Background: Group prenatal care has been shown to be effective in reducing health disparities in pregnancy outcomes between racial/ethnic groups. Here, we assess the effectiveness of CenteringPregnancy, a group prenatal care program offered as an alternative to traditional prenatal care. Purpose: Our multidisciplinary team assessed the effectiveness of an innovative prenatal program intended to improve health outcomes for infants and mothers and reduce health disparities among populations. Methods: A retrospective cohort study was conducted to examine differences with respect to several pregnancy outcomes such as low birth weight (Results: There were no statistically significant differences between the groups on pregnancy outcomes. When the groups were stratified by race/ethnicity, however, African American mothers saw some benefit from CenteringPregnancy with their babies being born, on average, one week later (p=0.04) and having fewer NICU admittances (p=0.04) than their African American counterparts receiving traditional care. Conclusion: The CenteringPregnancy group prenatal care program may be especially valuable for African American mothers and may help reduce racial/ethnic disparities with respect to important pregnancy outcomes. Our results have implications that full adoption of CenteringPregnancy in clinical practice at the Anderson Clinic will better service communities of mothers who are underserved, at-risk and vulnerable.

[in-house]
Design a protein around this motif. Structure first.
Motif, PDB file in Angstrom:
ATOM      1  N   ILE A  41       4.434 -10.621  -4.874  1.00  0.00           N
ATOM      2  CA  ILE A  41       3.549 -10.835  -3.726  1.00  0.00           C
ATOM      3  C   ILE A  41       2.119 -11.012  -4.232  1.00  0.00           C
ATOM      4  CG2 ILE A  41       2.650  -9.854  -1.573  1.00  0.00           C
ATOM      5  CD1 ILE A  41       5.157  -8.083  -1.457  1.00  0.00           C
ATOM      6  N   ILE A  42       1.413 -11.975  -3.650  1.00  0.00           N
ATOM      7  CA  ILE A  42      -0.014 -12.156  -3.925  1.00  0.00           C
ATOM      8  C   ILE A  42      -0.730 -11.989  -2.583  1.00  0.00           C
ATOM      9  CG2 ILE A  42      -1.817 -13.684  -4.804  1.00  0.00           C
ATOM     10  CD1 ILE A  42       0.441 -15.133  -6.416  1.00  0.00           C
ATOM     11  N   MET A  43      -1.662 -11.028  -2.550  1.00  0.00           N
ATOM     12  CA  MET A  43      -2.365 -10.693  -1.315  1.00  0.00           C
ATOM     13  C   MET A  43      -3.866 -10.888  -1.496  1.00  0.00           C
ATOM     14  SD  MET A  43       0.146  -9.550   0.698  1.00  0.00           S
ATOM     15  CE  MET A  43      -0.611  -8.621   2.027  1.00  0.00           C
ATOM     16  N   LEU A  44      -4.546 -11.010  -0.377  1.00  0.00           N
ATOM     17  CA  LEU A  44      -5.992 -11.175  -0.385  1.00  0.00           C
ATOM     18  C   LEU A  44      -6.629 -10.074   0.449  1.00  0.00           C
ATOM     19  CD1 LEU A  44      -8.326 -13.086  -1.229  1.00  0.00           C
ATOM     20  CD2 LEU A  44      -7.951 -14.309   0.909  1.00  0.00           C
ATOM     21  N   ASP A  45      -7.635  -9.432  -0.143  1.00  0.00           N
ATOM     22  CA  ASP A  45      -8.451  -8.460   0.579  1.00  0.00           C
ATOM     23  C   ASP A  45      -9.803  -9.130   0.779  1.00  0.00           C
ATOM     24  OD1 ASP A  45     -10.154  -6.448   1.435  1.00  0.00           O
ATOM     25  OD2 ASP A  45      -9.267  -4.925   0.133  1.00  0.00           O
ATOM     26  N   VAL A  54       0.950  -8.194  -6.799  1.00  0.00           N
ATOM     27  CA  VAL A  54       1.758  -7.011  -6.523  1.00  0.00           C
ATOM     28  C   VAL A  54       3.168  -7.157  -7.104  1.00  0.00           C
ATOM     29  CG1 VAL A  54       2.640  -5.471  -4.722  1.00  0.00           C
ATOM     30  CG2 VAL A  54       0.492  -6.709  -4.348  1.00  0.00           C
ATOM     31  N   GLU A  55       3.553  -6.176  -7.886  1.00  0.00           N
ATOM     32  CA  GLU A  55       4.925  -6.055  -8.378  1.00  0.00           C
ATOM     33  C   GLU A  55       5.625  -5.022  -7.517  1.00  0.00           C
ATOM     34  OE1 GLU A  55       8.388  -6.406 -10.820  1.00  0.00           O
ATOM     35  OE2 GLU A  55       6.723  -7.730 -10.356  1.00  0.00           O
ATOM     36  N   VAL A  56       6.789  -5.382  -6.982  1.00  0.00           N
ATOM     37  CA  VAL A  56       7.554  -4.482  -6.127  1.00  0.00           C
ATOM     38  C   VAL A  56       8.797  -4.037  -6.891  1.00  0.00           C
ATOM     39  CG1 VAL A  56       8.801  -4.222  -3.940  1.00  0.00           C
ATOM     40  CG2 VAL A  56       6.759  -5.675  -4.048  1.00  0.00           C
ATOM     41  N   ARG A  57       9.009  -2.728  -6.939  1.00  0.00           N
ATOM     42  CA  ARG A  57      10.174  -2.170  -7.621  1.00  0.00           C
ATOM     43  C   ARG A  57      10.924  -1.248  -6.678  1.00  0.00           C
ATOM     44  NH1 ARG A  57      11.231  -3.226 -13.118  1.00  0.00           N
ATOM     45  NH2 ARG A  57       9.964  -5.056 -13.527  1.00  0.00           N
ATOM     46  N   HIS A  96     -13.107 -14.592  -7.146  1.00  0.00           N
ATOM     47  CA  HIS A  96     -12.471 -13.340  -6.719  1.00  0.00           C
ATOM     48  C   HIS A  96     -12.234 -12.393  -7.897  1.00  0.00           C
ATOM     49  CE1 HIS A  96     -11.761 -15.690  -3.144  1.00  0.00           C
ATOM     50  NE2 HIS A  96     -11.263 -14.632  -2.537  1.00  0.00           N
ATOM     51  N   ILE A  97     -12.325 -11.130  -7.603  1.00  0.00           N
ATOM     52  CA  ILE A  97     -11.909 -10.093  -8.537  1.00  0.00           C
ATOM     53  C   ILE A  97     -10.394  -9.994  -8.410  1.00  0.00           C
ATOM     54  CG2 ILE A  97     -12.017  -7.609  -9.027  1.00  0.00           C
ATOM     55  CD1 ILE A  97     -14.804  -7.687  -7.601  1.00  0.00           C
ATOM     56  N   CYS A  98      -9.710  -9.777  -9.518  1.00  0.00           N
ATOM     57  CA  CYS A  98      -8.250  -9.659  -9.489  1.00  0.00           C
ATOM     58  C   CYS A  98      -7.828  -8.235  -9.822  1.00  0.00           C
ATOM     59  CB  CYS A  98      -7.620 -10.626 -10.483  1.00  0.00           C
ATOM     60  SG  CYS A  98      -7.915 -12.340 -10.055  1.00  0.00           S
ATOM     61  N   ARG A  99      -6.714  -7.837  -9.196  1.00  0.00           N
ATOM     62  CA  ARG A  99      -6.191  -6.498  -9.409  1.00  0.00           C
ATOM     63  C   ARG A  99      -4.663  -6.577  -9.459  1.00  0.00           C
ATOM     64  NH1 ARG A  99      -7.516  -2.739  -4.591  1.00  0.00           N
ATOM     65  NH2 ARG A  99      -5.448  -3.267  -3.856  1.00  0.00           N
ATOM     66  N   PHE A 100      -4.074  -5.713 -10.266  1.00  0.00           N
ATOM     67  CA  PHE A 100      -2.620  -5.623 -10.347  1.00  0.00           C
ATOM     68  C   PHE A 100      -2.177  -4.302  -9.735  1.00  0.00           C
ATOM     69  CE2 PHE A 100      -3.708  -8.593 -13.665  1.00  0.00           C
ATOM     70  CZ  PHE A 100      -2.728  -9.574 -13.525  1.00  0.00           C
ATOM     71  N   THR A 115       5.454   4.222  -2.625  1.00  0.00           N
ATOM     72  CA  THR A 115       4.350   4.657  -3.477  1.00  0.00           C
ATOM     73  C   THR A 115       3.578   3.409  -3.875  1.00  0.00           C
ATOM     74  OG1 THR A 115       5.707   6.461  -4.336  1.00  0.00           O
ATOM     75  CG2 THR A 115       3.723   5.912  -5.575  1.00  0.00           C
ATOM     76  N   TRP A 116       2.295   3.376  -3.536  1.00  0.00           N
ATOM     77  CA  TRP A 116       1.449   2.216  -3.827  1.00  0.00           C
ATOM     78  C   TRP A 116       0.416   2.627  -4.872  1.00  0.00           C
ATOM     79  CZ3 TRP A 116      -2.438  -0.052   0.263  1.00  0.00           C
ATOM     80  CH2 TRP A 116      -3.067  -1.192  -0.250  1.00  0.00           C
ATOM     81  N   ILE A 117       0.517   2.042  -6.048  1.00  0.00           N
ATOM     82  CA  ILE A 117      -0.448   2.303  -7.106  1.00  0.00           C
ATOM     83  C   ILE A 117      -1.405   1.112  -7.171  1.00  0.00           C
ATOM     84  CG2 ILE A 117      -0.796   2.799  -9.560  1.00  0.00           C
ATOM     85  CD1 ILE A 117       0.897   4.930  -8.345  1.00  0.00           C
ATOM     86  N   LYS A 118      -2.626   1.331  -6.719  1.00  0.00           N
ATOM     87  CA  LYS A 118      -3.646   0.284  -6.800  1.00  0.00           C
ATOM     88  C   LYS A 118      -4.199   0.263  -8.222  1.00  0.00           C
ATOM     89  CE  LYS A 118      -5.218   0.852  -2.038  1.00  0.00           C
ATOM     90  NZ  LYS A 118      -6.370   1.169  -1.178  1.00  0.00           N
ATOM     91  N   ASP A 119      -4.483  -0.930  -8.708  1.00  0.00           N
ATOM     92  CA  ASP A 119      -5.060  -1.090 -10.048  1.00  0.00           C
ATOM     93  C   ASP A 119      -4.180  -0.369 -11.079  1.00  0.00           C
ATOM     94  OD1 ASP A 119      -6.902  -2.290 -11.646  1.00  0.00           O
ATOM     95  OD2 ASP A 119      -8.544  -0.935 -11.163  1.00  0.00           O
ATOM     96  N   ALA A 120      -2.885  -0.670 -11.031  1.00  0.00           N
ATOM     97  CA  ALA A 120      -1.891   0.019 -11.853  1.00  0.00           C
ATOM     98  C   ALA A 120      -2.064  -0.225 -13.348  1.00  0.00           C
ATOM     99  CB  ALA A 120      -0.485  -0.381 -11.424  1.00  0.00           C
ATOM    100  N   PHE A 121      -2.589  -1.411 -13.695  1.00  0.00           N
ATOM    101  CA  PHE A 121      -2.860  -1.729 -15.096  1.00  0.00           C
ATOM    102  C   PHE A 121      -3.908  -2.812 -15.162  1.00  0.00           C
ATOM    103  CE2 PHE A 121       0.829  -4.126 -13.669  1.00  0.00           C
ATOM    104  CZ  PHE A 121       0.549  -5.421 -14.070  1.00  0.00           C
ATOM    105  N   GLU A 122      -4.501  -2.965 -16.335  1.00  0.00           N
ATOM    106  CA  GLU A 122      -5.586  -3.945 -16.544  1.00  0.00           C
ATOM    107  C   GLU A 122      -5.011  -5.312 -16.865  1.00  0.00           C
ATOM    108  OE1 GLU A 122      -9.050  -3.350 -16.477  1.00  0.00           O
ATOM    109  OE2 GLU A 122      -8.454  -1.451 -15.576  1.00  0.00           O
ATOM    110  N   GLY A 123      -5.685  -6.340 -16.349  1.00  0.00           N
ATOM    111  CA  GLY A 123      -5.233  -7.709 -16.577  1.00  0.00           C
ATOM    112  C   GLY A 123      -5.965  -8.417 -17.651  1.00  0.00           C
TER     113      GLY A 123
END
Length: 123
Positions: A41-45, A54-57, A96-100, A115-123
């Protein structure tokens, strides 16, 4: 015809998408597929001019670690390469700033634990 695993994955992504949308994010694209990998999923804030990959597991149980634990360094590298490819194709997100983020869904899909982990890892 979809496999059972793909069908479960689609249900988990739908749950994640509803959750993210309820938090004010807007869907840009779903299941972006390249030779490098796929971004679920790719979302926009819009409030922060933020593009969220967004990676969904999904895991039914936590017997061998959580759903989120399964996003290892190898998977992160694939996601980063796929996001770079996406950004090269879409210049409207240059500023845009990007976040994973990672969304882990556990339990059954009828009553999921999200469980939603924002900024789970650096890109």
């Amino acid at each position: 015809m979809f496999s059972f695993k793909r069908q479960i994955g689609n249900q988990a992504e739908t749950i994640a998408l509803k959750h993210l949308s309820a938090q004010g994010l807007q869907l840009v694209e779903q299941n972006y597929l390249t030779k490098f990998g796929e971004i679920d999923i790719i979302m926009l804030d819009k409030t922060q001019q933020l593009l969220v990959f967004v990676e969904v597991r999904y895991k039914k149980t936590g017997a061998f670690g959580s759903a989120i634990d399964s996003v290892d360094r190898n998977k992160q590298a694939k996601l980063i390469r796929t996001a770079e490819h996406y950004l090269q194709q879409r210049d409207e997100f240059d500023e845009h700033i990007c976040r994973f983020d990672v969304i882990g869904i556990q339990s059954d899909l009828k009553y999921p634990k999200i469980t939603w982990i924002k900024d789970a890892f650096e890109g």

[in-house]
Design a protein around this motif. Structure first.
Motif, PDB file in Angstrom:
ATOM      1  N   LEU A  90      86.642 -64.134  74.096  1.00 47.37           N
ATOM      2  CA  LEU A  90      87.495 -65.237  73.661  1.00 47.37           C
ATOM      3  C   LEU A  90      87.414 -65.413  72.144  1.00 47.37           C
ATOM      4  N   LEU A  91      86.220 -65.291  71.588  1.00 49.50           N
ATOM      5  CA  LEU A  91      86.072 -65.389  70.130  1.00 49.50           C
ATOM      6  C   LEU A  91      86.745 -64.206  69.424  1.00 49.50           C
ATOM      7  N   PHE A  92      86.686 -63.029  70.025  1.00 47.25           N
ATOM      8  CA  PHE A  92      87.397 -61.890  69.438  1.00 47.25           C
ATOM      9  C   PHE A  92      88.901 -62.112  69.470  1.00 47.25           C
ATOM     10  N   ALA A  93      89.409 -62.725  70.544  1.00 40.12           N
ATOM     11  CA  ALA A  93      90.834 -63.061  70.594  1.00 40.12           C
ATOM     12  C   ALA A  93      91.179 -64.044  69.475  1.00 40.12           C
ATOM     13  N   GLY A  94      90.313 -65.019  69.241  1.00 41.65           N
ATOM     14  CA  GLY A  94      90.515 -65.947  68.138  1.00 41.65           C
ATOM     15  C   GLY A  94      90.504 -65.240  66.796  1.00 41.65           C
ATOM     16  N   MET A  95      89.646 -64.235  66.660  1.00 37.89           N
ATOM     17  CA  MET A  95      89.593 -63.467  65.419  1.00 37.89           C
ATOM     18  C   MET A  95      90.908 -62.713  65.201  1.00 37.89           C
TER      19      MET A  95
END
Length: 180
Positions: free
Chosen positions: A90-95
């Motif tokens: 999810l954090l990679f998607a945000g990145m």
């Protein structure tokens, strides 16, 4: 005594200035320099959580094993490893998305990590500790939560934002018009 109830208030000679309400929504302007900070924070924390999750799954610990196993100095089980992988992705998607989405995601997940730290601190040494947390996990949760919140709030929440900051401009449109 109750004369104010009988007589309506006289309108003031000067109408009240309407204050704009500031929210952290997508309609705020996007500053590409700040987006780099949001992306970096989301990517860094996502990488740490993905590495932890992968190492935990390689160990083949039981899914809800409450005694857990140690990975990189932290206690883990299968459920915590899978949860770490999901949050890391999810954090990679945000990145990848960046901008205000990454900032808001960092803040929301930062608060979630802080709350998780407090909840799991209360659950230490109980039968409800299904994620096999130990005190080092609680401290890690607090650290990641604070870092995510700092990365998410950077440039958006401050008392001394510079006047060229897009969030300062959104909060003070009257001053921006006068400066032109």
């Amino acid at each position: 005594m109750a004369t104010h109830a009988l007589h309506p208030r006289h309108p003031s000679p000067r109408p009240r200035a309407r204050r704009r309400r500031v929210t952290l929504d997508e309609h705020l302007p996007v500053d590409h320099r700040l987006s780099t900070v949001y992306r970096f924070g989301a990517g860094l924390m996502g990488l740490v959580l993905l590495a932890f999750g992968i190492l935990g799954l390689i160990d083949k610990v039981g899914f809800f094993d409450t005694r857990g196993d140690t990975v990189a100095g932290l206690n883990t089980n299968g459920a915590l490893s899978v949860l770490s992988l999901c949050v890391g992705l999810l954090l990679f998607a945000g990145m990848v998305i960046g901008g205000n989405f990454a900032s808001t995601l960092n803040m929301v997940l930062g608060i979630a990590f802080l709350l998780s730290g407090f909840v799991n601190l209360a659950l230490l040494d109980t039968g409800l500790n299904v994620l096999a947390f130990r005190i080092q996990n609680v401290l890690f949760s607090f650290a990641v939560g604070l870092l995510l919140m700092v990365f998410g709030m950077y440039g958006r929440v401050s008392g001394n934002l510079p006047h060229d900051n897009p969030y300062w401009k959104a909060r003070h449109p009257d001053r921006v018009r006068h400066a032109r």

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Smith, Adrianne M.; Zainab, Mehak; and Lian, Brad
"Effects of CenteringPregnancy on Pregnancy Outcomes and Health Disparities in Racial Groups versus Traditional Prenatal Care,"
Journal of the Georgia Public Health Association: Vol. 8
, Article 8.
Available at: https://digitalcommons.georgiasouthern.edu/jgpha/vol8/iss1/8